Review: Ghost SL AMR X 9 LC

A top contender for riders who don't get along with long-and-low bikes

In the North American market, Ghost Bikes are a relative newcomer. Despite having a significant presence in Europe for a number of years, Ghost has only recently become available in the U.S. through a distribution deal with REI. In fact, this is the first model from the German manufacturer that we’ve tested in The Bible.

At first glance, the Ghost SL AMR X 9 LC has a lot going for it. Ergon grips and an 800-millimeter Race Face Atlas bar and 35-millimeter stem offered familiar comfort in the cockpit, while the new Cane Creek Double Barrel Inline Coil CS shock had us frothing to get the AMR onto our long-travel test loop.


Check out the rest of the Long Travel class


Ghost SL AMR X 9 LC
Ghost SL AMR X 9 LC
Ghost SL AMR X 9 LC
Ghost SL AMR X 9 LC
Ghost SL AMR X 9 LC
Ghost SL AMR X 9 LC
Ghost SL AMR X 9 LC
Ghost SL AMR X 9 LC
Ghost SL AMR X 9 LC
Ghost SL AMR X 9 LC
Ghost SL AMR X 9 LC
Ghost SL AMR X 9 LC
Ghost SL AMR X 9 LC
Ghost SL AMR X 9 LC
Ghost SL AMR X 9 LC
Ghost SL AMR X 9 LC
Ghost SL AMR X 9 LC
Ghost SL AMR X 9 LC
Ghost SL AMR X 9 LC
Ghost SL AMR X 9 LC
Ghost SL AMR X 9 LC
Ghost SL AMR X 9 LC
Ghost SL AMR X 9 LC
Ghost SL AMR X 9 LC
Ghost SL AMR X 9 LC

For as many things that looked spot-on on paper, testers questioned the geometry. With a relatively short reach of 444 millimeters on our size large and some of the longest stays in the test at 438 millimeters, it didn’t seem like it would be able to hold its own alongside the longer-reach, shorter rear-end bikes. Surprisingly, on the trail these numbers didn’t make the bike feel unusual or unpredictable, and testers were amazed by its stability–the Ghost was among the best-performing in some of the worst sections. The performance of the shock also stood out. A supple and progressive stroke ate up everything we could throw at it on the descents, but it was the climbing performance that had riders excited. Rather than having different modes for climbing support, Cane Creek’s Climb Switch lever is infinitely adjustable, so riders can fine-tune the firmness of the pedaling platform. We fully closed the lever on smoother sections, and opened it up a touch for climbing traction.

We also thought weight would be an issue, given the burly spec, but our size large came in at an impressive 30.3 pounds. With smart component spec and confident handling, the Ghost would be a top contender for riders having a hard time getting along with the new wave of long-and-low bikes.


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MSRP: $5,500

ghost-bikes.com

Q&A with Drew Axt, U.S. Brand Manager – Ghost Bikes

This bike goes against the current trend of longer reach and slacker angles. Was this a conscious decision to stick with geometry numbers that you feel work best rather than following an industry trend?

The geometry for the SL AMR X 9 LC is a combination of forethought and practicality. The bike is the longest travel 29er that Ghost has ever made, and they went with a pretty traditional (and European-ish) geometry for their first go at it. Additionally, from a manufacturing standpoint, Ghost was making its best effort at dialing in geometry while still utilizing the same AMR main frame and swing arm that are used on every other level of travel in the AMR platform. By flipping the lower shock mount, using shocks with different eye to eye/stroke lengths, and varying travel forks, Ghost is able to use the same main frame and swing arm on AMR platform bikes ranging in travel from 130-160mm. This utilization of common main frames and swing arms on different travel bikes allows for reduced manufacturing costs, increased quality control and an overall great deal for the end rider. This manufacturing process isn’t something we talk much to consumers about since the idea isn’t to have a bike that you can easily change travel on (while possible this wouldn’t be cost effective for the average rider due to the high cost of aftermarket shocks and forks) but it does allow the use and reuse of many similar molds and the aforementioned cost savings and QC benefits.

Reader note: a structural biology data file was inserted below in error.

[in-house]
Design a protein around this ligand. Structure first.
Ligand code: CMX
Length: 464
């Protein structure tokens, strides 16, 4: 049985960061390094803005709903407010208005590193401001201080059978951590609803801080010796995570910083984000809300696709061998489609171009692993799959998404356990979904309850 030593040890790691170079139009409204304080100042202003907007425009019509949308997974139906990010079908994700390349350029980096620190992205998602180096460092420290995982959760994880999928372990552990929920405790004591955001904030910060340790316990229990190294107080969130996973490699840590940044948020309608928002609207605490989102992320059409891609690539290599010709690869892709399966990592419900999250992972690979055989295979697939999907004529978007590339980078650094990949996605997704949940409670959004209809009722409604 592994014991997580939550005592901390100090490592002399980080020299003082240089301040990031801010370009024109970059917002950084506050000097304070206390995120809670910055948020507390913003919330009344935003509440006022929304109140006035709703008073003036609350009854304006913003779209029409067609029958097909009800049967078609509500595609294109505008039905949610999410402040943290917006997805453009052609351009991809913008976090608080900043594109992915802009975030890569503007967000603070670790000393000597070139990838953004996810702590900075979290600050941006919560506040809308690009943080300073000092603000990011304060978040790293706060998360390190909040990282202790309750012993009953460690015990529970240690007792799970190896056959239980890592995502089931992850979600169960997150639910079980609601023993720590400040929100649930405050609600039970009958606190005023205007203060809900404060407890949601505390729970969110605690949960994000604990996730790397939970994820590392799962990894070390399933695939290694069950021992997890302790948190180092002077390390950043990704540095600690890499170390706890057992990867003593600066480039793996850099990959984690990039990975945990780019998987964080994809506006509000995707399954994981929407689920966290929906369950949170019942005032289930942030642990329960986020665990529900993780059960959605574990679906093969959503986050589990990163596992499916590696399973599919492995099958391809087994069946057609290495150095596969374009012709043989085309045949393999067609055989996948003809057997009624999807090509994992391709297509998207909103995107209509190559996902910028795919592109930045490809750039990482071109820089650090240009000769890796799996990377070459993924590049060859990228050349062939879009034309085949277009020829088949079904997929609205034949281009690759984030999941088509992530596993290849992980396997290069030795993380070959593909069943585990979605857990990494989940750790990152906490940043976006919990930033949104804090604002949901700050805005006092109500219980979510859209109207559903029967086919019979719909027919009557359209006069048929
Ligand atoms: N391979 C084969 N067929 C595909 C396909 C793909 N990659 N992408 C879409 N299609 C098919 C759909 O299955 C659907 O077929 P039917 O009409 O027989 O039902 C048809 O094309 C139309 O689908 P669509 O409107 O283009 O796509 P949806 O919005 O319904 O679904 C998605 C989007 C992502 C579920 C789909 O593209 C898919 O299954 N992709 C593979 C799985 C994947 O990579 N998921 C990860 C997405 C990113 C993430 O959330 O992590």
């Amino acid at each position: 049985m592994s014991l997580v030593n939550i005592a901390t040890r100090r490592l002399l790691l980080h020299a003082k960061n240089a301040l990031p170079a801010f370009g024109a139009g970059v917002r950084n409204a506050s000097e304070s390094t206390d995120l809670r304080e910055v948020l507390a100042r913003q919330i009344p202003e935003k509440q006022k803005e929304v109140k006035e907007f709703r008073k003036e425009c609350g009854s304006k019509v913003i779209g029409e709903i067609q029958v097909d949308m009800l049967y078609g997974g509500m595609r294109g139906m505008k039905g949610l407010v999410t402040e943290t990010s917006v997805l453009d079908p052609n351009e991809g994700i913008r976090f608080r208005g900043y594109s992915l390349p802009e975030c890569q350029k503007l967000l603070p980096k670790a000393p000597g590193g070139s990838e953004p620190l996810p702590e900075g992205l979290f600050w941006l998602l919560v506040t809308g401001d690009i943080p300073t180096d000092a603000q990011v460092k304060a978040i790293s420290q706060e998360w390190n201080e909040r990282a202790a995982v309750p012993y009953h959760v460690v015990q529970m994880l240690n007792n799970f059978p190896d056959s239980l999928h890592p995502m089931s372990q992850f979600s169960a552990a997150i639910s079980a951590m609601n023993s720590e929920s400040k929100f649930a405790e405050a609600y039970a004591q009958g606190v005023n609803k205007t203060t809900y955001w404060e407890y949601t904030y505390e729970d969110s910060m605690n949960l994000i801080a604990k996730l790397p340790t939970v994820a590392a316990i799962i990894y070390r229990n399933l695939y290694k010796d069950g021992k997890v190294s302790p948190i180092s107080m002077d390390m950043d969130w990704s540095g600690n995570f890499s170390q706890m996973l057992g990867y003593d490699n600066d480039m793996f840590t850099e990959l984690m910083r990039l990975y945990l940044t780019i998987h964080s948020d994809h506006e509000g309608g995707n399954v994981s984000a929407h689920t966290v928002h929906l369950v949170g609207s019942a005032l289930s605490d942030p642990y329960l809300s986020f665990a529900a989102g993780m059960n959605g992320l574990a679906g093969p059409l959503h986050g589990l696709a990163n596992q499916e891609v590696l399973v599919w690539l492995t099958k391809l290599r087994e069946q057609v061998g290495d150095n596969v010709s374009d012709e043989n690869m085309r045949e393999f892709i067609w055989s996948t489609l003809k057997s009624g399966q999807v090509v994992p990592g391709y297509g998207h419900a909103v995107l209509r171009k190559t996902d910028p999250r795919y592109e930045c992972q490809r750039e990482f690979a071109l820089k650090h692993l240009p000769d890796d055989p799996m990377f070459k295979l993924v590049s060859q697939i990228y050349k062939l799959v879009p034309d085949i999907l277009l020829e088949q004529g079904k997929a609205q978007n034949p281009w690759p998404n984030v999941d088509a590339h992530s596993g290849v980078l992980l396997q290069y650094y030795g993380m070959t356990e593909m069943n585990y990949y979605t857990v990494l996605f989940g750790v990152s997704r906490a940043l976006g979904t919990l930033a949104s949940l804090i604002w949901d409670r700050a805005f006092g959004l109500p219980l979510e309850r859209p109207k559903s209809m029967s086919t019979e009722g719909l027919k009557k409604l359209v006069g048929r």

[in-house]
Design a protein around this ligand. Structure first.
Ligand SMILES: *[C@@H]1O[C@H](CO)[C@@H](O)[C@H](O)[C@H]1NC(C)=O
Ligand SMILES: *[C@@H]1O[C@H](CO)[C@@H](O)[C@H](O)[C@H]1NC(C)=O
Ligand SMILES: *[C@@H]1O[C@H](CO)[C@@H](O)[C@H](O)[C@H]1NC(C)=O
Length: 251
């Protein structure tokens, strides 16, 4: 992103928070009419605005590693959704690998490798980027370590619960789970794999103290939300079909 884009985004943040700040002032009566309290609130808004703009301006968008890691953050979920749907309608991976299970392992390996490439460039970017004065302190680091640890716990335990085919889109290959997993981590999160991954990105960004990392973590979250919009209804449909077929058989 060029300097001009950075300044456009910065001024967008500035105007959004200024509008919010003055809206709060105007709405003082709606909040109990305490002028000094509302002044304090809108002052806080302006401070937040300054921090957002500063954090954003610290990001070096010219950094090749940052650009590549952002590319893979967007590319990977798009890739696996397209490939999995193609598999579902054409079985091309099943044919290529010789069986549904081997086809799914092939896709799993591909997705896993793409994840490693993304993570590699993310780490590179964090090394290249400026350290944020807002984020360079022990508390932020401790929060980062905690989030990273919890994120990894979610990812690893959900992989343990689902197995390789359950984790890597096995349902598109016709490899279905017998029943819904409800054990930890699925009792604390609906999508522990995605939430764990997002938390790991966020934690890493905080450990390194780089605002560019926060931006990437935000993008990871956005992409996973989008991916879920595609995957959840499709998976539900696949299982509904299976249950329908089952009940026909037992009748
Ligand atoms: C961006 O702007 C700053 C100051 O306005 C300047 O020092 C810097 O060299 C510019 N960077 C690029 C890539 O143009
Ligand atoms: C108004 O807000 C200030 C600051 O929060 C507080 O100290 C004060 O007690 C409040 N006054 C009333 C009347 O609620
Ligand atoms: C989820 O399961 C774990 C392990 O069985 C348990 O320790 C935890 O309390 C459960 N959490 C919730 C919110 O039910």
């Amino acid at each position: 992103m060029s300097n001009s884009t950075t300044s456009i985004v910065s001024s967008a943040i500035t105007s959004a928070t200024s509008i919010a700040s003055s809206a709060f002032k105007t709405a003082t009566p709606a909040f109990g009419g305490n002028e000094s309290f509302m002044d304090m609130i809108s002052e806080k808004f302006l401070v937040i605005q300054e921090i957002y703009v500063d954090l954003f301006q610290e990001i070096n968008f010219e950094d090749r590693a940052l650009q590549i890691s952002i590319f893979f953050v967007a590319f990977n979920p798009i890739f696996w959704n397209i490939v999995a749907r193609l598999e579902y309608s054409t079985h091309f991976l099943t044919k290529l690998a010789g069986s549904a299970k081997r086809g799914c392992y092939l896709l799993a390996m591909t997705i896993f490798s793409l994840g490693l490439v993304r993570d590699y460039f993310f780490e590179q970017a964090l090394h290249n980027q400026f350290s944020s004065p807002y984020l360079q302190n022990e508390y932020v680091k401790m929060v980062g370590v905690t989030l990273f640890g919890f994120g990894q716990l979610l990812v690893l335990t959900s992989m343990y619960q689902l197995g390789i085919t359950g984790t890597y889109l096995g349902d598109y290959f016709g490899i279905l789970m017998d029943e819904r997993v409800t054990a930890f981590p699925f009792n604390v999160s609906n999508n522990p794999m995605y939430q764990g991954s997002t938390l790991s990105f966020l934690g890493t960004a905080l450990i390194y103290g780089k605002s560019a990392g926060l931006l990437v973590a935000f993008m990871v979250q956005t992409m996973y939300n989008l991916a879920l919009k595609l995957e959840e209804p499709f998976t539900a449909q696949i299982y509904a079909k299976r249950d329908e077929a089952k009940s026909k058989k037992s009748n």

This was the only bike in our long travel category with a coil shock. It also had the shortest rear wheel travel of any bike in the category. Was the coil shock a choice to help give a relatively short travel platform comparable ride characteristics to some of the longer travel bikes in this category?

The shock featured on this bike, the Cane Creek DB Inline Coil CS, is an exclusive to Ghost for 2017 for OE spec. Ghost and Cane Creek established an exclusive partnership and coordinated a lot to both help dial in the final shock design and tweak the existing AMR suspension platform to perform even better. You’ll actually find the same shock on several 2017 Ghost models with varying degrees of travel. The DB Inline Coil shock does indeed help to give the bike comparable characteristics to some longer travel compadres, makes the travel more linear and park/big hit friendly. Add to that the basically infinite level of compression and rebound adjustability and a climb switch that can be platformed at different levels, and you have a very capable machine with a wide range of adjustability that is very tunable to individuals.

 

If I wanted to buy this bike but my local REI doesn’t stock it, can they special order it for me, and would the REI 100% satisfaction guarantee return policy apply?

Yes and yes. If a rider’s local REI store doesn’t stock the model or size of Ghost they are after, it can be easily ordered online, shipped and assembled free of charge, to the REI location of their choice. REI’s 10% dividend for co-op members and their 100% satisfaction guarantee also apply.

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